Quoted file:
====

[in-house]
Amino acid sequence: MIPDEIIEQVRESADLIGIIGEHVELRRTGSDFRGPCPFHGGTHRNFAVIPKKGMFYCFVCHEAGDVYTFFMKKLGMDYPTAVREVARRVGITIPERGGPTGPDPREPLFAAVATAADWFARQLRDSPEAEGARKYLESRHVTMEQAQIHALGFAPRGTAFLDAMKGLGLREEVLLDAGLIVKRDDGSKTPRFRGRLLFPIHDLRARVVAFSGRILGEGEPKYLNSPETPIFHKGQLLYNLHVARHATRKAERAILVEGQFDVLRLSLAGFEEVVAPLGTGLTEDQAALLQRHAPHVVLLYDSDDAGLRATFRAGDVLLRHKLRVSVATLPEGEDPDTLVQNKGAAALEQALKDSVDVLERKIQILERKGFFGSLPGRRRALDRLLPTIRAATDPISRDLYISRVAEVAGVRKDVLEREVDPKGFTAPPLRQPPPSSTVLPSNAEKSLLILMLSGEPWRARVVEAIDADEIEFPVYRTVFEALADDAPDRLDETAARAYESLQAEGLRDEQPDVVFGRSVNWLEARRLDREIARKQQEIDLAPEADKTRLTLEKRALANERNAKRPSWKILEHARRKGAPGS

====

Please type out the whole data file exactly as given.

[in-house]
Amino acid sequence: MIPDEIIEQVRESADLIGIIGEHVELRRTGSDFRGPCPFHGGTHRNFAVIPKKGMFYCFVCHEAGDVYTFFMKKLGMDYPTAVREVARRVGITIPERGGPTGPDPREPLFAAVATAADWFARQLRDSPEAEGARKYLESRHVTMEQAQIHALGFAPRGTAFLDAMKGLGLREEVLLDAGLIVKRDDGSKTPRFRGRLLFPIHDLRARVVAFSGRILGEGEPKYLNSPETPIFHKGQLLYNLHVARHATRKAERAILVEGQFDVLRLSLAGFEEVVAPLGTGLTEDQAALLQRHAPHVVLLYDSDDAGLRATFRAGDVLLRHKLRVSVATLPEGEDPDTLVQNKGAAALEQALKDSVDVLERKIQILERKGFFGSLPGRRRALDRLLPTIRAATDPISRDLYISRVAEVAGVRKDVLEREVDPKGFTAPPLRQPPPSSTVLPSNAEKSLLILMLSGEPWRARVVEAIDADEIEFPVYRTVFEALADDAPDRLDETAARAYESLQAEGLRDEQPDVVFGRSVNWLEARRLDREIARKQQEIDLAPEADKTRLTLEKRALANERNAKRPSWKILEHARRKGAPGS